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Broadcast deal volume hits $83 million in Q3 2022

Broadcast deal volume in the third quarter of 2022 reached $14.3 million in the TV section and $68.7 million in the radio market. The $83 million total represents less than half of the deal volume in the second quarter at $185.9 million. However, what the deal market lacked in quantity, it made up for in quality.

So far in 2022, we registered six radio transactions of $10 million or higher. Three of them were announced in the third quarter, doubling the number of high-value deals.

The top radio deal of the quarter was a transaction five years in the making. In September 2017, Dick Broadcasting Company, Inc. of Tennessee announced plans to buy 18 radio stations in three small markets in Georgia and in the Carolinas from Alpha Broadcasting LLC. The deal was valued at $19.5 million when it was announced, but it never closed. Instead, Dick Broadcasting operated the stations under a local marketing agreement, or LMA.

In August 2022, a new agreement was filed with the FCC, listing an initial purchase price of $17.85 million. The price will be adjusted taking into consideration the 2021 LMA fees.

In the second-largest radio deal of the quarter, Adams Radio Acquisition Co LLC paid $12.6 million for all 15 full-power and three low-power stations owned by Adams Radio Group LLC. Adams Radio Acquisition is led by Adams Radio Corp. and Adams Broadcast Group former Chairman Stephen Adams.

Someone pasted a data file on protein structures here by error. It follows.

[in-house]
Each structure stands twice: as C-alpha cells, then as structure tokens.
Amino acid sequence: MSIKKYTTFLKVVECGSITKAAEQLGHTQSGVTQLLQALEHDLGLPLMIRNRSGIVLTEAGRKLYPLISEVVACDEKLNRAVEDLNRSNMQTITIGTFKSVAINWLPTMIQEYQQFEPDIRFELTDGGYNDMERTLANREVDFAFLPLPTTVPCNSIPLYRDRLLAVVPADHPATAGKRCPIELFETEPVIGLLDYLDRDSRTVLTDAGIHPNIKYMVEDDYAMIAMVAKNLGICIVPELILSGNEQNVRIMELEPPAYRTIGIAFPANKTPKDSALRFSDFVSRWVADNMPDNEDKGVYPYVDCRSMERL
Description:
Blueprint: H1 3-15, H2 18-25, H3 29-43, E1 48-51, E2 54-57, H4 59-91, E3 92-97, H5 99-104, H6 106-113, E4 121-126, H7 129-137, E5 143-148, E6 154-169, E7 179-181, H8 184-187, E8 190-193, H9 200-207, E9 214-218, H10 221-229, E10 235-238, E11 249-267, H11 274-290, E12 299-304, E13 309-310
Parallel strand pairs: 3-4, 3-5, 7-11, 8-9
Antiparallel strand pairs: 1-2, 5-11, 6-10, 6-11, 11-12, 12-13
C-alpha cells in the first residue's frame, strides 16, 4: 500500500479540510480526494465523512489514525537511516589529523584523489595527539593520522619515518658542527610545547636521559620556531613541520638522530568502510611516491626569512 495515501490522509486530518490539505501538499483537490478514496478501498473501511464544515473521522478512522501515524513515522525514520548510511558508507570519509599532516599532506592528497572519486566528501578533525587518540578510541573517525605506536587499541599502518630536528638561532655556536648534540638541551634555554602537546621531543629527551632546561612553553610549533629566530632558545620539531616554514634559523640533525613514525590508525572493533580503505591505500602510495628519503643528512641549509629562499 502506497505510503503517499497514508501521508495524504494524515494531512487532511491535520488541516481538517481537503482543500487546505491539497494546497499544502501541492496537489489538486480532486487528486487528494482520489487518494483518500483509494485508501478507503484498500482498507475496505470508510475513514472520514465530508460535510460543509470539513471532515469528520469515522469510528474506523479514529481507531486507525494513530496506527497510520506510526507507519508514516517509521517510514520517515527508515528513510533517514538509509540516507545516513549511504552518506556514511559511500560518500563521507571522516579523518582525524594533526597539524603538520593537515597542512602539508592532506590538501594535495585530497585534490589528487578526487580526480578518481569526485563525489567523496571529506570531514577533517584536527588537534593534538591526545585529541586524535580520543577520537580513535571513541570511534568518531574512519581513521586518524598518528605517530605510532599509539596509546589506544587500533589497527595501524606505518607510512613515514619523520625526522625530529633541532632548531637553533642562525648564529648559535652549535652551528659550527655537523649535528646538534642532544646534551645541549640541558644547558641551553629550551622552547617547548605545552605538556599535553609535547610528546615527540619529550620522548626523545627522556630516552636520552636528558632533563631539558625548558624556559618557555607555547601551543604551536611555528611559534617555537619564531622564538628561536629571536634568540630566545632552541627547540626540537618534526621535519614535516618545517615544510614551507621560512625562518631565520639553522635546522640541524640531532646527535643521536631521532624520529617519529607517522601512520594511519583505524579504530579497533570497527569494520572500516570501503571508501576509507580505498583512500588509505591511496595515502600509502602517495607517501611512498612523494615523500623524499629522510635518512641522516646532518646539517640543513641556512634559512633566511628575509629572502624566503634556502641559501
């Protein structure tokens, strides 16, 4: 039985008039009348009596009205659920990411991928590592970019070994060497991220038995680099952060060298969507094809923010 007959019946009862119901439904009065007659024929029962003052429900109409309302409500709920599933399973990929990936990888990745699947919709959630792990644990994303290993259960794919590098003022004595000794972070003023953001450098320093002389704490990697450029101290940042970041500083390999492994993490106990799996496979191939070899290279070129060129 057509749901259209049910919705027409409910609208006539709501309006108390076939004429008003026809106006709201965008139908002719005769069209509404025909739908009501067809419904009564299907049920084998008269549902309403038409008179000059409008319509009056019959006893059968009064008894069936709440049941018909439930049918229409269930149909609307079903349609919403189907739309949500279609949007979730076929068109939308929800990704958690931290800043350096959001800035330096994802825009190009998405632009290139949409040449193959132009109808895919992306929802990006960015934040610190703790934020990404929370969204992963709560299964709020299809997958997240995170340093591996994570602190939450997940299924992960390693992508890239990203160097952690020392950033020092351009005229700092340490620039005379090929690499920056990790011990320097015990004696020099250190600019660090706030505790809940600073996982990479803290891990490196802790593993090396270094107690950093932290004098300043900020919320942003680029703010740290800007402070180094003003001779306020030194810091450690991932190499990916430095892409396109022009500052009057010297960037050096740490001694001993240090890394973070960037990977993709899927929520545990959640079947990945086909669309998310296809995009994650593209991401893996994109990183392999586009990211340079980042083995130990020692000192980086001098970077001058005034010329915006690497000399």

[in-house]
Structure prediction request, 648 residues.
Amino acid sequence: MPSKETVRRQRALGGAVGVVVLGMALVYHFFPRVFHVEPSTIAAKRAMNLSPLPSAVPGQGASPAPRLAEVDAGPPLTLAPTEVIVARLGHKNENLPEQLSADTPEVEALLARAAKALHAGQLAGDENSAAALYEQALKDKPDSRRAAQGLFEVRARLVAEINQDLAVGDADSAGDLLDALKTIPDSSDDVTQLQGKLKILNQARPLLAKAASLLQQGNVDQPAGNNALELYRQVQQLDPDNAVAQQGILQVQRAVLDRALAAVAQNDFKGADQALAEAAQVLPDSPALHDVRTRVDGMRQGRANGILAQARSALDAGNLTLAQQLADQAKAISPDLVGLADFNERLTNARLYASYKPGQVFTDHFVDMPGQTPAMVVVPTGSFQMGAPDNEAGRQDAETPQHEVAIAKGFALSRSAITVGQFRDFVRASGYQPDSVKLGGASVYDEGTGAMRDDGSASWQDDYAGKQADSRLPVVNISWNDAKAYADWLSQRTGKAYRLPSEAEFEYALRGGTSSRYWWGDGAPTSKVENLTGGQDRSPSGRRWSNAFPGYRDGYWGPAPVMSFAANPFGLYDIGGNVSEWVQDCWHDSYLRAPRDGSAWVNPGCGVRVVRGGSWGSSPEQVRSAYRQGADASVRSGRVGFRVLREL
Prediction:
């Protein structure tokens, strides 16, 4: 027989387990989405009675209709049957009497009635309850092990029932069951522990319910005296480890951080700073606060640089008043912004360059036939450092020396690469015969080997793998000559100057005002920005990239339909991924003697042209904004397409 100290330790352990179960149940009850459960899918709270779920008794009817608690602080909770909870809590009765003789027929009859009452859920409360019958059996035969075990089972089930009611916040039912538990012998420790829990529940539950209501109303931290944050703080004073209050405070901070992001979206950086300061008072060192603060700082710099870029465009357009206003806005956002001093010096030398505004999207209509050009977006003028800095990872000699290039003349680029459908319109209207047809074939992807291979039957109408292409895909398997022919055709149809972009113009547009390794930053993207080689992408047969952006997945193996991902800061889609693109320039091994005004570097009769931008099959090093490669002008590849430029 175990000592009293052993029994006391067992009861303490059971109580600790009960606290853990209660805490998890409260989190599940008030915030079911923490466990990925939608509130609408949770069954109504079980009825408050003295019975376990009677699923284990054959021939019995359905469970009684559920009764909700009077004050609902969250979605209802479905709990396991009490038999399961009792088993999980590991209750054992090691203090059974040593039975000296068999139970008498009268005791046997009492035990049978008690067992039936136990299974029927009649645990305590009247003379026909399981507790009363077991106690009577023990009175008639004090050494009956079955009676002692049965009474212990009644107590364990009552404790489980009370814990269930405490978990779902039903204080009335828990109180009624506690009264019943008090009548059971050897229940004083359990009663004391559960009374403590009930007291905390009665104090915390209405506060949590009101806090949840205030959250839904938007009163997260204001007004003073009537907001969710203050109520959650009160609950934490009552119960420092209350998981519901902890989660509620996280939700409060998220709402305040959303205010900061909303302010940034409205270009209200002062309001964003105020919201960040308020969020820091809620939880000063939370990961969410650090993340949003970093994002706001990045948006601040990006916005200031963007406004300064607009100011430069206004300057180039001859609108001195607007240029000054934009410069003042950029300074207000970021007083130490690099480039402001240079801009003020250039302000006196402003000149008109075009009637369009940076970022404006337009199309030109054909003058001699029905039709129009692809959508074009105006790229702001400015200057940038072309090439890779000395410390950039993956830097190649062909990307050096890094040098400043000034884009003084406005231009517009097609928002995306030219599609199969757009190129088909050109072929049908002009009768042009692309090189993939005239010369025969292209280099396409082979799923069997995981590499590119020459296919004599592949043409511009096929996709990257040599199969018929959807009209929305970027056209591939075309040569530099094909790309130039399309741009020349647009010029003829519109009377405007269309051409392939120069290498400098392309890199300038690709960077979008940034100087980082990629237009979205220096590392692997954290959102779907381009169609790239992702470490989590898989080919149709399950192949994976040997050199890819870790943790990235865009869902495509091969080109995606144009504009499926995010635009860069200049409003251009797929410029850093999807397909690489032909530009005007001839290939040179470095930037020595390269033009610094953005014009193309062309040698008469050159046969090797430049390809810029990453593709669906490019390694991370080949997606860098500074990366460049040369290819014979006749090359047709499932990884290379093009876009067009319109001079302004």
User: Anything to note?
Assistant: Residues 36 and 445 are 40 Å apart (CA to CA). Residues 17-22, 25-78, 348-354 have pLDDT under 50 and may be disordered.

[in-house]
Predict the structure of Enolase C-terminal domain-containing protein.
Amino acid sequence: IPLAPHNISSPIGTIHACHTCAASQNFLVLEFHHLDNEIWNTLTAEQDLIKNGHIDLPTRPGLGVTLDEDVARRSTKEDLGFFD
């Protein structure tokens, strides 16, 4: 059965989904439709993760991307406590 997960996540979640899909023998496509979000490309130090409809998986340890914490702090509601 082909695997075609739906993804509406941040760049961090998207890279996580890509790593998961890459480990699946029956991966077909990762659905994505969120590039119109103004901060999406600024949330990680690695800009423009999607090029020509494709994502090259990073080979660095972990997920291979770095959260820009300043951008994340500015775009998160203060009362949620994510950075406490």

In Puerto Rico, Hemisphere Media Group Inc. paid $10.0 million for TelevisaUnivision, Inc. subsidiary Univision of Puerto Rico Inc., which operates three AM and two FM stations in all three major Puerto Rican cities, San Juan, Ponce and Mayaguez.

The largest single station deal of the quarter was Triangle Marketing Associates Inc.’s sale of Country FM WKJO in North Carolina’s Raleigh-Durham market to Curtis Media Group Inc. Raleigh-Durham is Curtis Media’s home base. The company already owns four AM and two FM stations in the market. To comply with FCC ownership caps, WKJO will be licensed to FM 102.9 LLC.

The only significant TV deals in the third quarter were the sale of two digital low-power stations for exceptionally high prices. In July, Word of God Fellowship Inc., operator of the Daystar Television network, announced the purchase of WXNY-LD in downtown New York from New York Broadband LLC. The $3.0 million purchase price was the highest price paid for a single low-power TV station since November 2013.

Transmitting from the top of the Empire State Building, the station reaches 4.8 million households.

Gray Television Inc. continued the expansion of its low-power television imperium. The company has spent $18.3 million so far in 2022, purchasing licenses and construction permits for 54 low-power and four class A TV stations. In September, Gray announced the acquisition of WBQC-LD in Cincinnati, Ohio, from Block Broadcasting Inc. for $2.5 million.

In the last 20 years, there have only been five sales of single low-power TV stations for $2.5 million or more. The last one happened in July 2017. Over the previous four years, average prices for single low-power TV stations have been constantly growing from $180,000 in 2018 to $434,000 in 2021. So far in 2022, with the sales of WXNY-LD and WBQC-LD and six other LPTV stations sold for more than $1 million, the average has grown past half a million to $549,000.

BCS Bureau

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